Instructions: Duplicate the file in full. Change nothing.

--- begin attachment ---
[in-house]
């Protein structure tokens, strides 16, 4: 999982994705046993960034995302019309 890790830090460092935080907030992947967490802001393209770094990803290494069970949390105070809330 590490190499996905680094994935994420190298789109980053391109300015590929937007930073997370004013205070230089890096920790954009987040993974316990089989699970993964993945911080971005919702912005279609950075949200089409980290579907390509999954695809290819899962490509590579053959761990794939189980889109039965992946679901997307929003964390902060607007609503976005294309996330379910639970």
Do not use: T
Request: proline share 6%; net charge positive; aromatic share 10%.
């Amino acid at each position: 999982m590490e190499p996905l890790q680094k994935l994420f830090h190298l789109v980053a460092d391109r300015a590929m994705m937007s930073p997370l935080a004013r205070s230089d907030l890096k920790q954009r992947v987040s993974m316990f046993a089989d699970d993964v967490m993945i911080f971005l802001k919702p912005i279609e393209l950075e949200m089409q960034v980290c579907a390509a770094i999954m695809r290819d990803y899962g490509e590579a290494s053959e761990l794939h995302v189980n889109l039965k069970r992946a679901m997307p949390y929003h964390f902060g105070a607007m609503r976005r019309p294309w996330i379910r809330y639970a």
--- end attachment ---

[in-house]
């Protein structure tokens, strides 16, 4: 999982994705046993960034995302019309 890790830090460092935080907030992947967490802001393209770094990803290494069970949390105070809330 590490190499996905680094994935994420190298789109980053391109300015590929937007930073997370004013205070230089890096920790954009987040993974316990089989699970993964993945911080971005919702912005279609950075949200089409980290579907390509999954695809290819899962490509590579053959761990794939189980889109039965992946679901997307929003964390902060607007609503976005294309996330379910639970």
Do not use: T
Request: proline share 6%; net charge positive; aromatic share 10%.
């Amino acid at each position: 999982m590490e190499p996905l890790q680094k994935l994420f830090h190298l789109v980053a460092d391109r300015a590929m994705m937007s930073p997370l935080a004013r205070s230089d907030l890096k920790q954009r992947v987040s993974m316990f046993a089989d699970d993964v967490m993945i911080f971005l802001k919702p912005i279609e393209l950075e949200m089409q960034v980290c579907a390509a770094i999954m695809r290819d990803y899962g490509e590579a290494s053959e761990l794939h995302v189980n889109l039965k069970r992946a679901m997307p949390y929003h964390f902060g105070a607007m609503r976005r019309p294309w996330i379910r809330y639970a």